This is a sponsored post from the fine team over at WPMerge. The following tutorial provides all you need to know to get started.

Whenever we’re working with WordPress environments, it’s common for us to clone the production database to our local development database but not necessarily the other way around.

For example, let’s say that we do work in the local development database that contains new posts, perhaps new WooCommerce orders, or other data that you’d like to share with the production site.

At this point, you have two versions of the database that you’d like to merge without losing changes in either environment.

To manage this, we have a few choices:

  1. You can note all changes made in the local development site and meticulously perform them on the production site.
  2. You can copy changed rows from the development site and run the queries on the production site. The problem with this is when the new data comes in; users may have the same IDs used in the local development database ultimately creating a conflict.
  3. With currently available tools, you can move the development database to the live site. But you’d lose the vital changes like comments or orders that happened on the live site during development.

None of them make for an ideal deployment workflow.

WordPress Database Merging

WPMerge changes that by merging changes on the development site to the live site without over-writing the changes made to the live site since cloning.

WordPress Database Merging: WPMerge

It will handle creating new IDs, replacing old ones, and also intelligently serialize post IDs.

How It Works

Before starting development, you have to clone the production site using a tool of your choice such as InfiniteWP, WP Time Capsule, All-on-One WP Migration, or Duplicator.

Now you have a production site, and it’s clone, the development site. Install the WPMerge plugin on both prod and dev sites and connect them.

WPMerge is now ready for you to start development. All changes made in the development environment will be recorded.

WordPress Database Migration: Record Queries

During development, you can pull in the production database and apply your local changes anytime and continue development. This gives you the complete picture of how your code works on the current production database.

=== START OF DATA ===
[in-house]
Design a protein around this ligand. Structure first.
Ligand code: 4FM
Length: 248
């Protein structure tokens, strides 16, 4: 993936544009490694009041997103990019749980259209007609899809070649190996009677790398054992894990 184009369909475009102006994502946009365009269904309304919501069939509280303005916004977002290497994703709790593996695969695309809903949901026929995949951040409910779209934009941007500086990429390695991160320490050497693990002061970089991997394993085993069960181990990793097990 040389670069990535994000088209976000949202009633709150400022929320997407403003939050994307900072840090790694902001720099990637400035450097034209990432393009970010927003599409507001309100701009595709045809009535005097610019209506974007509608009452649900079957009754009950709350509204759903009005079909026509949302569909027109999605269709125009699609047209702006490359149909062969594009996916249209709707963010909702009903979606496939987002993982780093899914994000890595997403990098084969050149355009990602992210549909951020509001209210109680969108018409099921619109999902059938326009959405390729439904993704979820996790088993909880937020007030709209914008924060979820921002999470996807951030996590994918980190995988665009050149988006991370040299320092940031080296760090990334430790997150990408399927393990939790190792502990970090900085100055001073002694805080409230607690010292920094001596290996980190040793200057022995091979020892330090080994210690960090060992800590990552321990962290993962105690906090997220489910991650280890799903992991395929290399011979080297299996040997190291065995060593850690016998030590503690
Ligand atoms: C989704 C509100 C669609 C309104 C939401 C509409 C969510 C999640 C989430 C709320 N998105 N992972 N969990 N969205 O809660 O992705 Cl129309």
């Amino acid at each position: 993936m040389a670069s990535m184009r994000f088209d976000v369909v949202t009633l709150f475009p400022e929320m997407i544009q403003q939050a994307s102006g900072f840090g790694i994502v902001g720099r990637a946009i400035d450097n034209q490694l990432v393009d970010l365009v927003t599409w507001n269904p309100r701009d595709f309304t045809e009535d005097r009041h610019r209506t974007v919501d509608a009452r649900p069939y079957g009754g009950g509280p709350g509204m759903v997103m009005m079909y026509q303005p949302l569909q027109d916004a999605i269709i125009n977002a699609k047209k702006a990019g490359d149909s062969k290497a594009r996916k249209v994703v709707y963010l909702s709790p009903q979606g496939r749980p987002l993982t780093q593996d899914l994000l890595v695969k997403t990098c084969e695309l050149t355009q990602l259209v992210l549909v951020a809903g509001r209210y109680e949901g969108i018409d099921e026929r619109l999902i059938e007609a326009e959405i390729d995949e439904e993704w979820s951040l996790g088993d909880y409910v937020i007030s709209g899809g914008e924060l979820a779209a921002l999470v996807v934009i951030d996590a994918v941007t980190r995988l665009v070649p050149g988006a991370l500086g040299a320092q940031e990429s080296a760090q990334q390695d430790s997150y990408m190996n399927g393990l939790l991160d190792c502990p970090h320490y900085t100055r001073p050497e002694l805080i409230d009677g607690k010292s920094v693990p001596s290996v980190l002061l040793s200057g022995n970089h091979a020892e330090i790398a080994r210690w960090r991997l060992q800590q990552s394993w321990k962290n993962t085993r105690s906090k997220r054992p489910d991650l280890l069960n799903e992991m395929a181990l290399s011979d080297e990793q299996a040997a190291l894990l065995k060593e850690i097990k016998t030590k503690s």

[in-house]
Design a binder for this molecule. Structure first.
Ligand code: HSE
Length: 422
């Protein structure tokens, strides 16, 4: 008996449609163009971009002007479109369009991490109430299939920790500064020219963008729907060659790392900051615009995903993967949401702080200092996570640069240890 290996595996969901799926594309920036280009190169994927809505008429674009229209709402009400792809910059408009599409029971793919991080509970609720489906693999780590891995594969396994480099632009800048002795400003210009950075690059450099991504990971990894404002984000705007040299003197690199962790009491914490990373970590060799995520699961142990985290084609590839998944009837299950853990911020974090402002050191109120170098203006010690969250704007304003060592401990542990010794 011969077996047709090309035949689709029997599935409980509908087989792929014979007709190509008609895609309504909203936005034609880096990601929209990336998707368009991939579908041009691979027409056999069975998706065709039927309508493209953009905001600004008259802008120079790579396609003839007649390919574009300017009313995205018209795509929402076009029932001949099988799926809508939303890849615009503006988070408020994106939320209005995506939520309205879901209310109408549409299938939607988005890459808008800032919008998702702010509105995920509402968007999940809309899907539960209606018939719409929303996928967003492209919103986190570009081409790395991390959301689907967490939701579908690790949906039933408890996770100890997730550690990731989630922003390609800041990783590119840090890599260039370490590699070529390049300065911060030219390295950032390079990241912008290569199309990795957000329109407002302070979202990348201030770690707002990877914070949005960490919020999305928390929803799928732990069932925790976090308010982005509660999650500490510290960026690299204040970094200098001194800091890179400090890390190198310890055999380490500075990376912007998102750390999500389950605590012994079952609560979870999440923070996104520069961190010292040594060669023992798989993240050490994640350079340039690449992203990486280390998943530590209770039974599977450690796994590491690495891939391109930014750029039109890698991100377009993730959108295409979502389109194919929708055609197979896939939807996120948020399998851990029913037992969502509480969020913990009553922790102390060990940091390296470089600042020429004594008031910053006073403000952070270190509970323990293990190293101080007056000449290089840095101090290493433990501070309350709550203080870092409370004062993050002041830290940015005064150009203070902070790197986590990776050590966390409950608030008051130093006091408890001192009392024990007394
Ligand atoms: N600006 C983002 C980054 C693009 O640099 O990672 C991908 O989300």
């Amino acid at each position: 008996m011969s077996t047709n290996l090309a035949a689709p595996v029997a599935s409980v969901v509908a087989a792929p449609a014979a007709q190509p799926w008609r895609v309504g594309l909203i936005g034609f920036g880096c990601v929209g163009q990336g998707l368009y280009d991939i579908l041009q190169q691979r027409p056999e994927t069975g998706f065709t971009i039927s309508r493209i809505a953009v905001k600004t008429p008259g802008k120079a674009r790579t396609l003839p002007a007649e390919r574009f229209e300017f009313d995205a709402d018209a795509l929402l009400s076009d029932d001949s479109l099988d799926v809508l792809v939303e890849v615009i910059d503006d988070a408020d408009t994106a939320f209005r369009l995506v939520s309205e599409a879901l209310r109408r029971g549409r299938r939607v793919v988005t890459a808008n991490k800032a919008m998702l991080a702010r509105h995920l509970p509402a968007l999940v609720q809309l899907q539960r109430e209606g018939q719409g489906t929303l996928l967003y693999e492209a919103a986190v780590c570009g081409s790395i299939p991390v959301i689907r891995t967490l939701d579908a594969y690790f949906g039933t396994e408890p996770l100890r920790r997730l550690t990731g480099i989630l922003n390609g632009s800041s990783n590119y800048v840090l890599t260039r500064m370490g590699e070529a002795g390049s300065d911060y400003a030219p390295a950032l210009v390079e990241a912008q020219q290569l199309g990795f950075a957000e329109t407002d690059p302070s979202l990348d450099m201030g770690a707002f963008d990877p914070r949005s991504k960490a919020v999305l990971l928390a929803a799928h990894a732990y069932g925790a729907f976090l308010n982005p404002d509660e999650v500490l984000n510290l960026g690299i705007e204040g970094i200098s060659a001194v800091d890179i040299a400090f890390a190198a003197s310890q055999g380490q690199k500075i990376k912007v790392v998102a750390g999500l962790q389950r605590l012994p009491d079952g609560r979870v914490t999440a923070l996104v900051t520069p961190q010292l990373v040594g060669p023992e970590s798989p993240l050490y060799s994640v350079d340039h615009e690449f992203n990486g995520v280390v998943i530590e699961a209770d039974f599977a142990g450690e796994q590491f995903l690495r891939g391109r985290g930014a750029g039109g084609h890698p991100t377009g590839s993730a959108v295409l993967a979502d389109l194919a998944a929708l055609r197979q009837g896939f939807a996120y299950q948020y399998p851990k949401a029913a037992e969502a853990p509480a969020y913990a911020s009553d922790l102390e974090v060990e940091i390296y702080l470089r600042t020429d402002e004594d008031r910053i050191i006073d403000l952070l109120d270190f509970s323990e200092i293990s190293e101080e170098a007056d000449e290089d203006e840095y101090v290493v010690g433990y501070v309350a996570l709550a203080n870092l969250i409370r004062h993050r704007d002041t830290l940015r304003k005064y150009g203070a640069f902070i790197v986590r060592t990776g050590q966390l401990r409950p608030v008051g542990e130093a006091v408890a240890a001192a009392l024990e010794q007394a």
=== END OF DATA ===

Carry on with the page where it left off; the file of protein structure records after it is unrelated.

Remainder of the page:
After development is finished, you can push the changes to production. During this process, only the queries that were recorded is pushed to the production database.

WordPress Database Migration: Apply

As for files, you can download new and changed files as a zip file and upload them via S/FTP. I In a future version, this process will be automated soon – just like the one-click merging of the database, files will also be synced with a single click.

How Can You Use WPMerge?

Even still, you wonder:

Why would I need this plugin?

These are some of the use cases that WPMerge fits in.

  • it can be used whenever you are dealing with a site that receives live orders, comments or any data continuously,
  • it can also be used if you want to allow your clients to make changes to the live site while you are developing,
  • you can also use it for updating plugins, themes, and WordPress core.
  • it makes it easy to push theme or page edits to a live site.
  • the plugin is solid for making code edits to pages or adding new functionality to existing pages,
  • and so on.

Of course, these are just some of the examples.

Regardless, the need to merge the WordPress database from local to production is not an unfelt need, and WPMerge provides solid functionality for making sure you’re able to focus on getting your work done locally all the while pushing merging the updates to production.

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